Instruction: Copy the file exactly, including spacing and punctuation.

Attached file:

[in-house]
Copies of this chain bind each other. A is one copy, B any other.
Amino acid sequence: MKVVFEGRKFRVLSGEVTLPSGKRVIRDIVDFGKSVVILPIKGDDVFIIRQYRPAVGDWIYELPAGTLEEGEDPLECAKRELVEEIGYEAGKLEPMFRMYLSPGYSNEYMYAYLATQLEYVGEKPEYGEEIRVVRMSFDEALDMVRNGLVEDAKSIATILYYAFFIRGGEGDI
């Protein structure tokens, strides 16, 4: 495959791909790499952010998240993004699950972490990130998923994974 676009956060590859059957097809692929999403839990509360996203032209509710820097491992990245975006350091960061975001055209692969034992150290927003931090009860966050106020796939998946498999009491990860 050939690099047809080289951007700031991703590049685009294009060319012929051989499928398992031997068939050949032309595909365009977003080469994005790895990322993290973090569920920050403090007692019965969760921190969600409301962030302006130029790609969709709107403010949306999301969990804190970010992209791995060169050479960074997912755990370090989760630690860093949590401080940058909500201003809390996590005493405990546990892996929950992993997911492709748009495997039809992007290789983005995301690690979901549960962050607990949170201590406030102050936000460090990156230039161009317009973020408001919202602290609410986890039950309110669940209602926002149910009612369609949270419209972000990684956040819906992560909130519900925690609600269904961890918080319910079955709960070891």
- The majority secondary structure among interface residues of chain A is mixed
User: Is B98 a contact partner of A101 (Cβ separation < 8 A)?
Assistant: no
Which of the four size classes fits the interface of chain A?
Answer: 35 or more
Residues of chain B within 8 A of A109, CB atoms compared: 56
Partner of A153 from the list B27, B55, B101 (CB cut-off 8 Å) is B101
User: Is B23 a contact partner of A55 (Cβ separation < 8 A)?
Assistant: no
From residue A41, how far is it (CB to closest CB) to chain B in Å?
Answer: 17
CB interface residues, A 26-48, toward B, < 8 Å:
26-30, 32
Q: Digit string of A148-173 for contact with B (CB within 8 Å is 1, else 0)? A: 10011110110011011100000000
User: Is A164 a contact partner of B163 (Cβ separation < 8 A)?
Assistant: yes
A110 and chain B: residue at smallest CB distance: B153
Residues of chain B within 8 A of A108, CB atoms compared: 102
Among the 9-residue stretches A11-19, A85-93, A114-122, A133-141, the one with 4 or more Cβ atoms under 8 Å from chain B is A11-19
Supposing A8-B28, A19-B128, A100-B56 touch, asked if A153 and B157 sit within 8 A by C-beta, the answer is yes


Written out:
[in-house]
Copies of this chain bind each other. A is one copy, B any other.
Amino acid sequence: MKVVFEGRKFRVLSGEVTLPSGKRVIRDIVDFGKSVVILPIKGDDVFIIRQYRPAVGDWIYELPAGTLEEGEDPLECAKRELVEEIGYEAGKLEPMFRMYLSPGYSNEYMYAYLATQLEYVGEKPEYGEEIRVVRMSFDEALDMVRNGLVEDAKSIATILYYAFFIRGGEGDI
């Protein structure tokens, strides 16, 4: 495959791909790499952010998240993004699950972490990130998923994974 676009956060590859059957097809692929999403839990509360996203032209509710820097491992990245975006350091960061975001055209692969034992150290927003931090009860966050106020796939998946498999009491990860 050939690099047809080289951007700031991703590049685009294009060319012929051989499928398992031997068939050949032309595909365009977003080469994005790895990322993290973090569920920050403090007692019965969760921190969600409301962030302006130029790609969709709107403010949306999301969990804190970010992209791995060169050479960074997912755990370090989760630690860093949590401080940058909500201003809390996590005493405990546990892996929950992993997911492709748009495997039809992007290789983005995301690690979901549960962050607990949170201590406030102050936000460090990156230039161009317009973020408001919202602290609410986890039950309110669940209602926002149910009612369609949270419209972000990684956040819906992560909130519900925690609600269904961890918080319910079955709960070891």
- The majority secondary structure among interface residues of chain A is mixed
User: Is B98 a contact partner of A101 (Cβ separation < 8 A)?
Assistant: no
Which of the four size classes fits the interface of chain A?
Answer: 35 or more
Residues of chain B within 8 A of A109, CB atoms compared: 56
Partner of A153 from the list B27, B55, B101 (CB cut-off 8 Å) is B101
User: Is B23 a contact partner of A55 (Cβ separation < 8 A)?
Assistant: no
From residue A41, how far is it (CB to closest CB) to chain B in Å?
Answer: 17
CB interface residues, A 26-48, toward B, < 8 Å:
26-30, 32
Q: Digit string of A148-173 for contact with B (CB within 8 Å is 1, else 0)? A: 10011110110011011100000000
User: Is A164 a contact partner of B163 (Cβ separation < 8 A)?
Assistant: yes
A110 and chain B: residue at smallest CB distance: B153
Residues of chain B within 8 A of A108, CB atoms compared: 102
Among the 9-residue stretches A11-19, A85-93, A114-122, A133-141, the one with 4 or more Cβ atoms under 8 Å from chain B is A11-19
Supposing A8-B28, A19-B128, A100-B56 touch, asked if A153 and B157 sit within 8 A by C-beta, the answer is yes